By Roy Ciampa, Ph.D.
Armstrong Chair of Religion, Samford University
Set Apart for the Journey
God has called us to a lifelong journey of growing into Christlikeness, striving to model the life that we will only perfectly reflect on the day of our final resurrection.
Sanctification is a continual journey toward Christlikeness. (12–14)
The great Apostle Paul himself was clear about the fact that he had never attained his ultimate goal, which was “to know [Christ] and the power of His resurrection and the fellowship of His sufferings, being conformed to His death,” with a view to attaining the resurrection from the dead (vv. 10–11). He had not reached this goal, but rather he made “every effort to take hold of it because I also have been taken hold of by Christ Jesus.”
The goal of perfect Christlikeness is a call that is ultimately realized only in the resurrection of the dead, but Paul pursued Christ and Christlikeness throughout his life, knowing it is a continuous journey.
Spiritual maturity comes as we follow the example of mature believers. (15–19)
Paul urges us to follow his model of mature thinking in Christ, which is forward-looking rather than backward-looking.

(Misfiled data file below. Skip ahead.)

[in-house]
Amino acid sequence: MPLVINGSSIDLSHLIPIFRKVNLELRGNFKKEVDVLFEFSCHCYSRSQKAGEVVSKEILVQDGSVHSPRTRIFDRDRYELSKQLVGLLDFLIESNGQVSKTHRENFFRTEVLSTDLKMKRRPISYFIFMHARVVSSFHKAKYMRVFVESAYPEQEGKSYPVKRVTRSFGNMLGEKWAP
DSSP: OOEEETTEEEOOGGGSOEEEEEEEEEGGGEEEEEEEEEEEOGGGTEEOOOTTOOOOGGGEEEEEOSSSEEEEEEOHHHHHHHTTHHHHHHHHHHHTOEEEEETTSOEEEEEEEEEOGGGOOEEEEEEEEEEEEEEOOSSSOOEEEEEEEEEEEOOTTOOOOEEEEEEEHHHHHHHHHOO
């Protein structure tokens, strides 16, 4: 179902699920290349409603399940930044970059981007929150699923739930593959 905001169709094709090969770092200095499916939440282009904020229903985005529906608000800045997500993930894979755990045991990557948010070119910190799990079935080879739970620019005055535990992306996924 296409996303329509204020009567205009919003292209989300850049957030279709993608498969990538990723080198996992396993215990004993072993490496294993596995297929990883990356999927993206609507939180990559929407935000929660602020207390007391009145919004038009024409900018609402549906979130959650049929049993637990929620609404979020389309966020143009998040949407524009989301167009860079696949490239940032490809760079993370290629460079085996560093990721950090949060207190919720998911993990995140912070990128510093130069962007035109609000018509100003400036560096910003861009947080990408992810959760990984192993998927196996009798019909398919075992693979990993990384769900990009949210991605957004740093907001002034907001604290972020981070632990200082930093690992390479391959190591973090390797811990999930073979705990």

We must “live up to whatever truth we have attained,” which Howard Hendricks, former professor at Dallas Theological Seminary, used to paraphrase by saying, “May God keep us from trafficking in unlived truth.” What a great prayer.
What good is it to listen to thousands of sermons if the truths we are learning are not reflected in our daily lives? Paul urges us to find and follow the examples of godly people. There are too many others who reject Christ and follow any of the many idols that lead to destruction rather than the life offered to us in Christ.
Spiritual growth is not complete until our glorious transformation in heaven. (20–21)
Jesus Christ is our Lord and Savior, and we are waiting for our King to come and deliver us from the evils of this present world by our resurrection and the establishment of His Kingdom when He will vanquish all His enemies. Whatever other citizenship we might have is of no eternal importance.
The fact that our citizenship is in heaven has often been misunderstood to mean our destiny is a heavenly one in contrast to an earthly or bodily one. In Paul’s world many were Roman citizens, but that didn’t mean they would ever go to Rome. It meant they were expected — and legally authorized — to live life the Roman way wherever they lived within that empire.
Our citizenship is in heaven, and we await not our departure to there, but “we eagerly wait for a Savior from there.” Christ will come back to transform our bodies to be like His own, to give us resurrected bodies fit for a new heaven and a new earth where everyone and everything will be subjected to Christ.
One significance of a resurrected body is to remind us that God created us as physical and spiritual creatures within a physical and spiritual creation, and His redemptive plan is for us to be physically and spiritually glorified in a world where sin has no place and where the glory of God is perfectly manifested and reflected in all of creation.
We will only know perfect Christlikeness in our resurrected bodies but must follow Paul’s example of seeking it out and anticipating it in our daily lives here and now.